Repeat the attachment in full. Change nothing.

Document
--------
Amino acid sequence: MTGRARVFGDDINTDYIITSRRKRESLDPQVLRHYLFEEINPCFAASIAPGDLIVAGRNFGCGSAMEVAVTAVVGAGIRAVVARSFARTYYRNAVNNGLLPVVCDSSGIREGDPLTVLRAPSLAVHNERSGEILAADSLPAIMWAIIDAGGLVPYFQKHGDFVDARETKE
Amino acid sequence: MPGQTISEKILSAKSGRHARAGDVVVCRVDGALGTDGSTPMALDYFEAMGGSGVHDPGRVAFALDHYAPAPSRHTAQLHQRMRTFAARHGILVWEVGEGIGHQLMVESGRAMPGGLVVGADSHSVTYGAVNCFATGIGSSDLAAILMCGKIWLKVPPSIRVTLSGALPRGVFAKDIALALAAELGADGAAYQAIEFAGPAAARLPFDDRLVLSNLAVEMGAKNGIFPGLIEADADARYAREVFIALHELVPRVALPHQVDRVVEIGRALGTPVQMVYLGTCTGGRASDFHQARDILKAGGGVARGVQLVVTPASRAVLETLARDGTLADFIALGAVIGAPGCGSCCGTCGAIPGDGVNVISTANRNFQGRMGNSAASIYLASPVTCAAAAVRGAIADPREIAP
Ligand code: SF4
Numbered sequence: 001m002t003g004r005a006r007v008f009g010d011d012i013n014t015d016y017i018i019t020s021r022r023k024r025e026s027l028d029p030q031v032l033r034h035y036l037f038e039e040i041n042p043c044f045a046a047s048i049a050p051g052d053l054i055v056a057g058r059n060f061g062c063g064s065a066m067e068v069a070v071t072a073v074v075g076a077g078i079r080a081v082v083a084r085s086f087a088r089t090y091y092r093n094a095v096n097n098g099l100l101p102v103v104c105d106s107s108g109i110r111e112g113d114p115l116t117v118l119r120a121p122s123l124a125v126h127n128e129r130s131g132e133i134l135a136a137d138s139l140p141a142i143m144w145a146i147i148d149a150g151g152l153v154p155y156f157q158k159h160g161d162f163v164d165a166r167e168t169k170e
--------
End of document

Amino acid sequence: MTGRARVFGDDINTDYIITSRRKRESLDPQVLRHYLFEEINPCFAASIAPGDLIVAGRNFGCGSAMEVAVTAVVGAGIRAVVARSFARTYYRNAVNNGLLPVVCDSSGIREGDPLTVLRAPSLAVHNERSGEILAADSLPAIMWAIIDAGGLVPYFQKHGDFVDARETKE
Amino acid sequence: MPGQTISEKILSAKSGRHARAGDVVVCRVDGALGTDGSTPMALDYFEAMGGSGVHDPGRVAFALDHYAPAPSRHTAQLHQRMRTFAARHGILVWEVGEGIGHQLMVESGRAMPGGLVVGADSHSVTYGAVNCFATGIGSSDLAAILMCGKIWLKVPPSIRVTLSGALPRGVFAKDIALALAAELGADGAAYQAIEFAGPAAARLPFDDRLVLSNLAVEMGAKNGIFPGLIEADADARYAREVFIALHELVPRVALPHQVDRVVEIGRALGTPVQMVYLGTCTGGRASDFHQARDILKAGGGVARGVQLVVTPASRAVLETLARDGTLADFIALGAVIGAPGCGSCCGTCGAIPGDGVNVISTANRNFQGRMGNSAASIYLASPVTCAAAAVRGAIADPREIAP
Ligand code: SF4
Numbered sequence: 001m002t003g004r005a006r007v008f009g010d011d012i013n014t015d016y017i018i019t020s021r022r023k024r025e026s027l028d029p030q031v032l033r034h035y036l037f038e039e040i041n042p043c044f045a046a047s048i049a050p051g052d053l054i055v056a057g058r059n060f061g062c063g064s065a066m067e068v069a070v071t072a073v074v075g076a077g078i079r080a081v082v083a084r085s086f087a088r089t090y091y092r093n094a095v096n097n098g099l100l101p102v103v104c105d106s107s108g109i110r111e112g113d114p115l116t117v118l119r120a121p122s123l124a125v126h127n128e129r130s131g132e133i134l135a136a137d138s139l140p141a142i143m144w145a146i147i148d149a150g151g152l153v154p155y156f157q158k159h160g161d162f163v164d165a166r167e168t169k170e